My pet theory about Q-Tip’s solo career for a long time has been that something went awry when his house burned down back in 1998. The trauma of losing his entire record collection to the flames purged the glory that was A Tribe Called Quest from his system and begat the abomination that was Amplified (1999), and his career has been in recovery ever since. Record label limbo did him little good, but spared us the snoozefests that were the unreleased-but-leaked Kamaal the Abstract and Live at the Renaissance. But now he is back with an actual official release full of new songs, The Renaissance, and it’s actually pretty damn good. Who’da thunk it?

There’s no Busta, no Common, no Kanye here, and best of all no “Vivrant Thing” to rot your ear canals. Just pleasant, thoughtful hip hop songs. Almost everything is produced by the Abstract himself, except the fine “Move” by the late, great J-Dilla. The vibe is laid-back and soulful, at times more than a little reminiscent of back when Tribe recorded the magisterial Midnight Marauders (1993). Guest appearances are limited to a number of singers: an as always smoothly androgynous Raphaael Saadiq, an Amanda Diva with a gleam in her eye, and a warm and endearing Norah Jones. Hell, he has even unearthed the long-lamented absentee crooner D’Angelo!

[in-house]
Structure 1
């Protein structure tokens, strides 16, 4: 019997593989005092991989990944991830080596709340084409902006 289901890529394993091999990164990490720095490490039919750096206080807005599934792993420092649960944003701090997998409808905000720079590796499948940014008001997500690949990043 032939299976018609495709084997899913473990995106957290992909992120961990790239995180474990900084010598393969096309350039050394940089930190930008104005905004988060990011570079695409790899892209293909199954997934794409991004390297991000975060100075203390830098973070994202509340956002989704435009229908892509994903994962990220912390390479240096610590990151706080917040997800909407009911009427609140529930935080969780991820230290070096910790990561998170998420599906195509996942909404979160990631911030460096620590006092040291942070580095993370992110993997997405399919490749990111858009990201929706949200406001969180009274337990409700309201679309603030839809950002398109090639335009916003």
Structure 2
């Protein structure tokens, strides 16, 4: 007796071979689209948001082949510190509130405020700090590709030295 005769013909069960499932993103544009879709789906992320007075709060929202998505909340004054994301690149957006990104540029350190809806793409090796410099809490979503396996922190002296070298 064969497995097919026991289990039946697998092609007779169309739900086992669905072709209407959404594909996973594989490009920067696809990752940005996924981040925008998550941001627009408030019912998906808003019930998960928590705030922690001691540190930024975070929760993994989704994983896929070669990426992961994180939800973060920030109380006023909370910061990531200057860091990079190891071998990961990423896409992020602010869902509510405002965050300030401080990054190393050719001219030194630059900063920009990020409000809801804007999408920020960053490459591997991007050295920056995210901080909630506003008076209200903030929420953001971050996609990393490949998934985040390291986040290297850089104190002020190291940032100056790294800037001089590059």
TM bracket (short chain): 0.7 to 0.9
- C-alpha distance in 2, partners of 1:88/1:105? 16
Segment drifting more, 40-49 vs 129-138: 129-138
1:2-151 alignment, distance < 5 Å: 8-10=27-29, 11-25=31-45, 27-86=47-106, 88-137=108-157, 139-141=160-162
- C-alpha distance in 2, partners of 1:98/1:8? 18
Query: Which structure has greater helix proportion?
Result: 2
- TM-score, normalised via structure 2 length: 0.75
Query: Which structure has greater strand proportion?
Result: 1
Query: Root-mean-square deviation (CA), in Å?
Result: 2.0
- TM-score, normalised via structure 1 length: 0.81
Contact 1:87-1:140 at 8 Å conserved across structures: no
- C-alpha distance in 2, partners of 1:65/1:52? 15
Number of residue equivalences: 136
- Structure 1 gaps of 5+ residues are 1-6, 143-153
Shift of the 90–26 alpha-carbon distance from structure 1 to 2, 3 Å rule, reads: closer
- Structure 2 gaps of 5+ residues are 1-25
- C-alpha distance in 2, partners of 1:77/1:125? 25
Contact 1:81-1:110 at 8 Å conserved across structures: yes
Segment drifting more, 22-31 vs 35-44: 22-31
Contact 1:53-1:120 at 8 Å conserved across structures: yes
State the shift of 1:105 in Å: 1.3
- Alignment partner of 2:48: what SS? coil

In terms of both lyrics and delivery, Tip has sounded somewhat quaint for a while, far from the eloquence of his Tribe days, but this time around he has recaptured the distinctive charm of those days. In contrast to the similarly spartan, at times facile earlier solo efforts, the pared-down approach lends to this album a sense of focus we have long missed from him. There’s an touching earnestness in his singing about how “at the end of it all is you” or how happy he is that J-Dilla and his late father were in his past.

This is not so much a bold step forward for Q-Tip as it is a self-critical overhaul of his music, a return to his core strengths. In abandoning the pop overtures that led him astray over the past decade without becoming esoteric, he has crafted a set of empowering, optimistic hip hop songs that at last do his legendary status justice. A discrete, but affirming renaissance.

Q-Tip – “Renaissance Rap” from Three/21 Films on Vimeo. Never mind that the video doesn’t make much sense — dig that song.

Q-Tip’s MySpace

1 Comment

  1. I’ve been listening to The Renaissance every day for the last three weeks! According to my ears it’s the (hip hop) album of the year.

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